Well Spring is trying to come here in upstate NY and I'm eager to continue on the north side of the house again. I updated some pictures of where I left off last fall.
So my question is, does anyone have any suggestions for where to get shingles? The ones I have seem to measure 6" wide and all I see are ~5" wide. I have two belt courses to put back since they were removed for the evil aluminum install. It won't be a ton of shingles.
Here is a picture of the area.
I'm afraid you stuck with buying many bundles of random-width resawn shingles and re-ripping the wide ones to your 6" width.
We reshingled our two story back porch and addition a while back, perhaps 12 years ago now. To match other shingling on the house, I wanted standard width (might have been 5.25", can't remember) for use on patterned areas, and I have also had to replace standard width shingles elsewhere. Back then, buying them in a uniform width was more expensive than buying random width as Casey suggests and ripping them to that uniform width. The key to money saving is to use white cedar an not red cedar. At least then, red was 3x more expensive.
Thank you for the replies. Any thoughts on where to get the random width shingles? I'm also trying to figure out how to deal with the internal and external seams and how you stop them from leaking.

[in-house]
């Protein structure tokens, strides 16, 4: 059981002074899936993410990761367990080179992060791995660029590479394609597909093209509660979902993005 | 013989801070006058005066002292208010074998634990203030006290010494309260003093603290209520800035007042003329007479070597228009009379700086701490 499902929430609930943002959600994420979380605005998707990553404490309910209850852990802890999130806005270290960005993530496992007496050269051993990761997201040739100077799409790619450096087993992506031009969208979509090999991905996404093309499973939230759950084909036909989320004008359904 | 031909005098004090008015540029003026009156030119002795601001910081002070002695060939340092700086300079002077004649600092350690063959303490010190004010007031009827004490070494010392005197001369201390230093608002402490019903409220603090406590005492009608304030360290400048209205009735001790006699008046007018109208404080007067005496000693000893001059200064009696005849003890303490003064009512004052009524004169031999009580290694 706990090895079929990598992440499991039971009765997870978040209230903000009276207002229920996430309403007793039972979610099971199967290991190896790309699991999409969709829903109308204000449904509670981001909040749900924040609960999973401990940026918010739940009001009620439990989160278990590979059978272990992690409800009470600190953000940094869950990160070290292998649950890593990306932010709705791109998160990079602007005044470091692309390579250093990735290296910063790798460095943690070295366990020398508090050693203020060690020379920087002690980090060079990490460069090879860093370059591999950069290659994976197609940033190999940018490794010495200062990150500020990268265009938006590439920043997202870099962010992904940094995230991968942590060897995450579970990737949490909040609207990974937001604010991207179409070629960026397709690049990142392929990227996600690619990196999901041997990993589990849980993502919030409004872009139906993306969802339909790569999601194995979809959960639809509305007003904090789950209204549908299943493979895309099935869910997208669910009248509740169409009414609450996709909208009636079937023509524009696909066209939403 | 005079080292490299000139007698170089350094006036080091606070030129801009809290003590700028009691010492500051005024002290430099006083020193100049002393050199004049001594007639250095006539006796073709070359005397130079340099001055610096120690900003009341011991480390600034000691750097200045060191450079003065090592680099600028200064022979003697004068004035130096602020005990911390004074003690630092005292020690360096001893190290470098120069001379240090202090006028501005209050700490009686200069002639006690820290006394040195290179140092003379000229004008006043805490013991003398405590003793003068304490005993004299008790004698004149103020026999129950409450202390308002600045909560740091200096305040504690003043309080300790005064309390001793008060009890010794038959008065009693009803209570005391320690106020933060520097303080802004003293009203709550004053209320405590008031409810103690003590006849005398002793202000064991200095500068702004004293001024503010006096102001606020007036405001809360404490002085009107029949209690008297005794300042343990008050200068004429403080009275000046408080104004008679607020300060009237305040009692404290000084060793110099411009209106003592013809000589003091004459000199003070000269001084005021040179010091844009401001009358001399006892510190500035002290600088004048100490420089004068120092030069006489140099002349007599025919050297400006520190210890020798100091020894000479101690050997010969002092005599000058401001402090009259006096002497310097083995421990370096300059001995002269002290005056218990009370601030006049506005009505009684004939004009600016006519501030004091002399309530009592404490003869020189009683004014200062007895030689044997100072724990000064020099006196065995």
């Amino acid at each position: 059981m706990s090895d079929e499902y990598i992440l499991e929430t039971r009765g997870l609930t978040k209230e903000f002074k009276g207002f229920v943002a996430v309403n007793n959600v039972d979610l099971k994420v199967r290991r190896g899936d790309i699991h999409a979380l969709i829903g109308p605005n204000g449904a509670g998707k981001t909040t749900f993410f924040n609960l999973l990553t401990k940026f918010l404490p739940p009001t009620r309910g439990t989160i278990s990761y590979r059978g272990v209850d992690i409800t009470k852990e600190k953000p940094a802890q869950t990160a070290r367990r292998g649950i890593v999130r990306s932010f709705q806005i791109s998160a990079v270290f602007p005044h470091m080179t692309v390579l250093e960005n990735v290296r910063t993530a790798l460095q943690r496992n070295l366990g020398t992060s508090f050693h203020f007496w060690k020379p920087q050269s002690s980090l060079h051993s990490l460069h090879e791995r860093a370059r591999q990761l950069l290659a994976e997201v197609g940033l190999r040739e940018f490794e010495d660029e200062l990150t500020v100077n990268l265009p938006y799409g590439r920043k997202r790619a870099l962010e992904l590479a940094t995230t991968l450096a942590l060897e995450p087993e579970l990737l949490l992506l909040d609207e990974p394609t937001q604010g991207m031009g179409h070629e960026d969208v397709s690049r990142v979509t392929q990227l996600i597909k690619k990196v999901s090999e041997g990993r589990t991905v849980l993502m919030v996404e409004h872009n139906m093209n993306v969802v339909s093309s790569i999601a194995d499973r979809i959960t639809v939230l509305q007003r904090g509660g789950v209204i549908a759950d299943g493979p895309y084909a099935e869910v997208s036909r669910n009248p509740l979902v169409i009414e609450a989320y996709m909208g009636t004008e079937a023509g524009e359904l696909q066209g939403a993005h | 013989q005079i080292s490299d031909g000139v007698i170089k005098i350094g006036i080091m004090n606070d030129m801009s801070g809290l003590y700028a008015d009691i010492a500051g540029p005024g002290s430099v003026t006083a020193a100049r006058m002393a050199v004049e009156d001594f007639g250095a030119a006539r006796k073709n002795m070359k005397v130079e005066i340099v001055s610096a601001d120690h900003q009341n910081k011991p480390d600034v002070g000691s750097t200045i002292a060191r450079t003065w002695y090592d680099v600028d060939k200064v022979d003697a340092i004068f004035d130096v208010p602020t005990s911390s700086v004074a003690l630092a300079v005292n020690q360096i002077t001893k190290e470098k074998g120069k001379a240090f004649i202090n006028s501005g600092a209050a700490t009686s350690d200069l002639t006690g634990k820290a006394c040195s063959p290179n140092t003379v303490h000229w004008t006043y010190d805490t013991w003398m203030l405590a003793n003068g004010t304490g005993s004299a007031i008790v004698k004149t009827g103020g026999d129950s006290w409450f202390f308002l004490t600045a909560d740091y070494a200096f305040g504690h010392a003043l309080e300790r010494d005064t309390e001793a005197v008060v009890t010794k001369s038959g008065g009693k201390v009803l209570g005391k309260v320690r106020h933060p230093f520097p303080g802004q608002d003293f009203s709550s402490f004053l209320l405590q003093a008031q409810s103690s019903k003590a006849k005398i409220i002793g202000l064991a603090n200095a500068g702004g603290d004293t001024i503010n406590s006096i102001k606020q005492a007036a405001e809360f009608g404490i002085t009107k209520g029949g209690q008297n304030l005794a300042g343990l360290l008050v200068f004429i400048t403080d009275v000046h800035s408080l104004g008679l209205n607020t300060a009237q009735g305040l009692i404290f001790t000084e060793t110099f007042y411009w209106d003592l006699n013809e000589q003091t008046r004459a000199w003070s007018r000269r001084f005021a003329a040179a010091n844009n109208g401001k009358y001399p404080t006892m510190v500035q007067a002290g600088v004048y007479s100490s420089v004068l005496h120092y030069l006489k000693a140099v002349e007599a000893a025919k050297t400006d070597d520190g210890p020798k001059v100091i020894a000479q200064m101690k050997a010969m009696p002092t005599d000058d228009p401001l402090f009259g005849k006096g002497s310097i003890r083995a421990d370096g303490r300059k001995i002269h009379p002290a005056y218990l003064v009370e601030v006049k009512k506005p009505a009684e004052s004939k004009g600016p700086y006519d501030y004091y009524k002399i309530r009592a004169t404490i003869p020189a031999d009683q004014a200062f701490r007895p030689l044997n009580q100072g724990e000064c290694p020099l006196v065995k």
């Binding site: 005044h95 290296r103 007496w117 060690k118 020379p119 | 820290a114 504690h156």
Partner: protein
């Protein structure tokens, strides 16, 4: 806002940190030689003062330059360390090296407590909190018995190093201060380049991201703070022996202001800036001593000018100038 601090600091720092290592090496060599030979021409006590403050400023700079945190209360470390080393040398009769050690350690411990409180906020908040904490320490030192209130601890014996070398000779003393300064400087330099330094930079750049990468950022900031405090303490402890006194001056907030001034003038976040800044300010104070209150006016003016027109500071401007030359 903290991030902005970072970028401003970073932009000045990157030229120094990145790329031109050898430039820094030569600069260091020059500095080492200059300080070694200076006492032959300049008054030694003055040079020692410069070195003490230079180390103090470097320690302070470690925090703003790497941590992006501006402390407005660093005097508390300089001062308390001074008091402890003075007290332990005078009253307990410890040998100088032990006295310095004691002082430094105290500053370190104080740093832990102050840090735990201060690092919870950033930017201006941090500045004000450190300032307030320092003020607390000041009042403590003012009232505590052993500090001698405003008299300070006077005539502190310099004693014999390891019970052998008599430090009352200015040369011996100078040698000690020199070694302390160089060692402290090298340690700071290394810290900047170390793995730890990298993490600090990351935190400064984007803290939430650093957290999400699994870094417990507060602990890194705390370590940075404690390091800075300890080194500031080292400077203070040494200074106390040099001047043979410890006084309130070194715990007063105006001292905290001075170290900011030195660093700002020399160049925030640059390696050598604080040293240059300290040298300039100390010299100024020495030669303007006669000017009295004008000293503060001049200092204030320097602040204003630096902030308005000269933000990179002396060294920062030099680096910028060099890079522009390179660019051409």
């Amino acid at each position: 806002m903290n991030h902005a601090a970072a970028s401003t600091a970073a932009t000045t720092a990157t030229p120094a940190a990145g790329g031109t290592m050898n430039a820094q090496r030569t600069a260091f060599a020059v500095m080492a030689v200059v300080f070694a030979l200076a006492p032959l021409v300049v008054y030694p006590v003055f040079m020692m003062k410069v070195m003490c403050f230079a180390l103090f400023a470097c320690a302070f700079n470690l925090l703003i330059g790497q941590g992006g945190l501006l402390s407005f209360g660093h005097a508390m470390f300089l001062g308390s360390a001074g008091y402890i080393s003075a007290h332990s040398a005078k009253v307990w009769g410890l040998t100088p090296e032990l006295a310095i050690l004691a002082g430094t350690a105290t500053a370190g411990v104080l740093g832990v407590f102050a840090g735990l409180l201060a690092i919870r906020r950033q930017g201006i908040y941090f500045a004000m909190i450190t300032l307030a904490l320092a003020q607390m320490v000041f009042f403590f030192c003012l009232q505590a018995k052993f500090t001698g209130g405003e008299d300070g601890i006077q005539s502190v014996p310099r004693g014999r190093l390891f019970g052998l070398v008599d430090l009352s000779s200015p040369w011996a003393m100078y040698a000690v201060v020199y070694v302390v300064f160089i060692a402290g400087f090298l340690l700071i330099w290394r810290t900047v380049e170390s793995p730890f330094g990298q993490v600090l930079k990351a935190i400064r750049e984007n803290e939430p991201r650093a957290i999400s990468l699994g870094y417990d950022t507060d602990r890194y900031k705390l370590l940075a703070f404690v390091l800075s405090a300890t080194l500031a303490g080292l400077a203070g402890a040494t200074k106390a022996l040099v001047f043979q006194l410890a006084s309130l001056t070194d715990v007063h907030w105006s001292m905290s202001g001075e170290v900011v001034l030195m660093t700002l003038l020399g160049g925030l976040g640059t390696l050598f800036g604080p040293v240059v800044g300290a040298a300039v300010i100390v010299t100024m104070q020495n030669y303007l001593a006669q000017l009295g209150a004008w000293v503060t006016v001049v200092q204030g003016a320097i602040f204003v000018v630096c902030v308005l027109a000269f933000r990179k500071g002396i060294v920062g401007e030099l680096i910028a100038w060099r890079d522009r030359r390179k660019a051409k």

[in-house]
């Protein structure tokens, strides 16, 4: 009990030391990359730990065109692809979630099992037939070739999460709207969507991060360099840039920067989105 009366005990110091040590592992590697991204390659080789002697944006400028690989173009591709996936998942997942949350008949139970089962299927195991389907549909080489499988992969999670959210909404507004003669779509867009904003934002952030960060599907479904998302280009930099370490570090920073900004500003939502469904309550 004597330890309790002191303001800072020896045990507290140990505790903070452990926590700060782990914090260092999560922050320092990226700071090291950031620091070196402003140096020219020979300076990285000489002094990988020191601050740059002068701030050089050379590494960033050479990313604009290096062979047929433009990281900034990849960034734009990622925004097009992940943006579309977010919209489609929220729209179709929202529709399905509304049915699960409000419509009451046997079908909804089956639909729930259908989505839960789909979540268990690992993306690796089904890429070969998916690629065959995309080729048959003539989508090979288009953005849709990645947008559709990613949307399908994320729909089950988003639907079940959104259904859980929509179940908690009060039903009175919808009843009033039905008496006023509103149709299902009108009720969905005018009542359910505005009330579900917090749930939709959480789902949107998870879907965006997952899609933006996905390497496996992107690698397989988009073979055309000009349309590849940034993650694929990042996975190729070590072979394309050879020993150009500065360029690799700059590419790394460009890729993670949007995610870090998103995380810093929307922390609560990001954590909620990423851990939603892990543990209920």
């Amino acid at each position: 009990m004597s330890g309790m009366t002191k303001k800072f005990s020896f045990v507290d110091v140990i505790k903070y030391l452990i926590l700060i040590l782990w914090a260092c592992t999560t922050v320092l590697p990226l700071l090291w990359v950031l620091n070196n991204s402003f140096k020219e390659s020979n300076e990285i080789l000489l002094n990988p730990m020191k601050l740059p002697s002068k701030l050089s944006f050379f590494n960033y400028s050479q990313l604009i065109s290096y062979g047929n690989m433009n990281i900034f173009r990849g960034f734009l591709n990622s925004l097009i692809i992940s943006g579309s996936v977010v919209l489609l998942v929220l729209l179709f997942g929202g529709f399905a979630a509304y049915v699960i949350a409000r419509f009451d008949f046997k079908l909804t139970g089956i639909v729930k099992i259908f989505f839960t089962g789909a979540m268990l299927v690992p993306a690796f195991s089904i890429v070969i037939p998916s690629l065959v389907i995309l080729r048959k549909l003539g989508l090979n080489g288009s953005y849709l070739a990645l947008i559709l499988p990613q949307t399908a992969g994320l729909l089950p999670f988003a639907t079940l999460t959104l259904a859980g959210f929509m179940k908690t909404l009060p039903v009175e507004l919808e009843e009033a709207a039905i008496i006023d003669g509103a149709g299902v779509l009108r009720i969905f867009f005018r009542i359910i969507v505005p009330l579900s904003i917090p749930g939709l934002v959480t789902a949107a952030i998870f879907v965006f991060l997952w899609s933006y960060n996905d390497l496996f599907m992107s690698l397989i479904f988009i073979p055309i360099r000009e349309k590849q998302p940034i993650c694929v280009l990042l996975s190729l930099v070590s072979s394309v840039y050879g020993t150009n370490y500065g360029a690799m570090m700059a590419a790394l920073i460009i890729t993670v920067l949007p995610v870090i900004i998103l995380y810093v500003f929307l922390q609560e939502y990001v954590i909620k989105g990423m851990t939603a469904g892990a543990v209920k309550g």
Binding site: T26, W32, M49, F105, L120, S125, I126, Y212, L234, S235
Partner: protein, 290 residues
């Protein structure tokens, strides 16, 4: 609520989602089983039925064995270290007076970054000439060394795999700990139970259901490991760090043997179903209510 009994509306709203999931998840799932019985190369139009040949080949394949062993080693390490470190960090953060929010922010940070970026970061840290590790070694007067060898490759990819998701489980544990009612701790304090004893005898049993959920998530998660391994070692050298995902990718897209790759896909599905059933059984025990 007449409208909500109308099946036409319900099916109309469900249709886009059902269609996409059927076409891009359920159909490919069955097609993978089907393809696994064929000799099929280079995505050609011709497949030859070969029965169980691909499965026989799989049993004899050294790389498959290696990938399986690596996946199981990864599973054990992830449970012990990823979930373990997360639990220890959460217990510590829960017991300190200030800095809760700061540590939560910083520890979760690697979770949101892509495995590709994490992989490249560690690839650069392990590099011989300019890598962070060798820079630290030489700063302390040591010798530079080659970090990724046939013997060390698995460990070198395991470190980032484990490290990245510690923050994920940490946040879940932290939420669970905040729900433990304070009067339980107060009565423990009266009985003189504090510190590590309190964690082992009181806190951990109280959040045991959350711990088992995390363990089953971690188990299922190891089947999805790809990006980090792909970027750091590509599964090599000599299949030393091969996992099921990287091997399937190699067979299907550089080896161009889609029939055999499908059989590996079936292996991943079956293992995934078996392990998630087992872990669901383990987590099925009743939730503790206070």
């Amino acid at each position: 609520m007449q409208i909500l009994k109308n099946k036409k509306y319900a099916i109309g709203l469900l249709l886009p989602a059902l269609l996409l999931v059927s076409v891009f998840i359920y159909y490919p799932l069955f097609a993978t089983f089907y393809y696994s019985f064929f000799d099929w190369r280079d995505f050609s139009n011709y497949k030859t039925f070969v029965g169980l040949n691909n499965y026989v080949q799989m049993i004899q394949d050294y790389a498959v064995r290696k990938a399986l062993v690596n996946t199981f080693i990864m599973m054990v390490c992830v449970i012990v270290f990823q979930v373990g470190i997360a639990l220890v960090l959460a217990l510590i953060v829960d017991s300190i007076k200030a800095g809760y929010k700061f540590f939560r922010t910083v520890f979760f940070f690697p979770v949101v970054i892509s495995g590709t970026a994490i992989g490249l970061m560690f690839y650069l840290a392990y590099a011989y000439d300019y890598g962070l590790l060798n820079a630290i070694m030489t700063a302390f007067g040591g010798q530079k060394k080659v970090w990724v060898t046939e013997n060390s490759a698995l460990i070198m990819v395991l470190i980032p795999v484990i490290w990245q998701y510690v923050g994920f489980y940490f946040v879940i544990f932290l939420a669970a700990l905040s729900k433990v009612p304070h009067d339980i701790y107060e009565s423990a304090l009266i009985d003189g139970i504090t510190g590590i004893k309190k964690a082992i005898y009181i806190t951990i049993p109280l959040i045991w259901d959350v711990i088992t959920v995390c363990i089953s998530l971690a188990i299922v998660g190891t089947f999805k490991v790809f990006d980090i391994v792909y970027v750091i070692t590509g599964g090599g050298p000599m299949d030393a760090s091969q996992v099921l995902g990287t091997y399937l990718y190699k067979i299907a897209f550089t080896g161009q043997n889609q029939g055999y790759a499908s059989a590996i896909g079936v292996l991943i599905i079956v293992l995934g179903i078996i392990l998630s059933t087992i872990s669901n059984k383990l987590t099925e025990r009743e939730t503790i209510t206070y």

I got my (and continue as needed) white cedar shingles from my local, non-chain, lumber yard. They are imported from Canada, or were 10 years ago, because I called them about painting. All shingles are 16-18" tall. Mine were installed, I believe, 5" or 6" to the weather (I measured existing to keep them consistent), so each was triple lapped. The key is to install each course staggered to the course below it. Full width shingle to start one row, half the next one up. This way each seam only is one shingle thick, and no seam carries through to your nailing boards. Each is installed with 2 nails above the part that will be exposed, so all nails are hidden by the next course. Your bottom course will need to be face nailed. Use stainless steel nails for those exposed face nails. They recommended stainless for all of them, but that is very expensive, so I switched to galvanized on the upper courses not exposed to the weather. Your bottom starter course is 2 thick, again with staggered seams. You will need to study other similar shingled houses to see if their is more a flair out on the bottom of such belt courses. Also, not sure what you are nailing to, but it needs to breathe. If it is solid plywood or anything solid, then you need to put something in between the solid nailing boards and the shingles or any water that sneaks in will lead to rot and/or paint problems. We used a product called "cedar breather" and have had no paint failure after 12 years. I learned all of this from my father in-law, who is an amazing carpenter and did most of the installation.
One correction, if you use the word shake instead of shingles you will have better key word search results. I have been getting my vertical grain cedar shakes from the Pacific Northwest.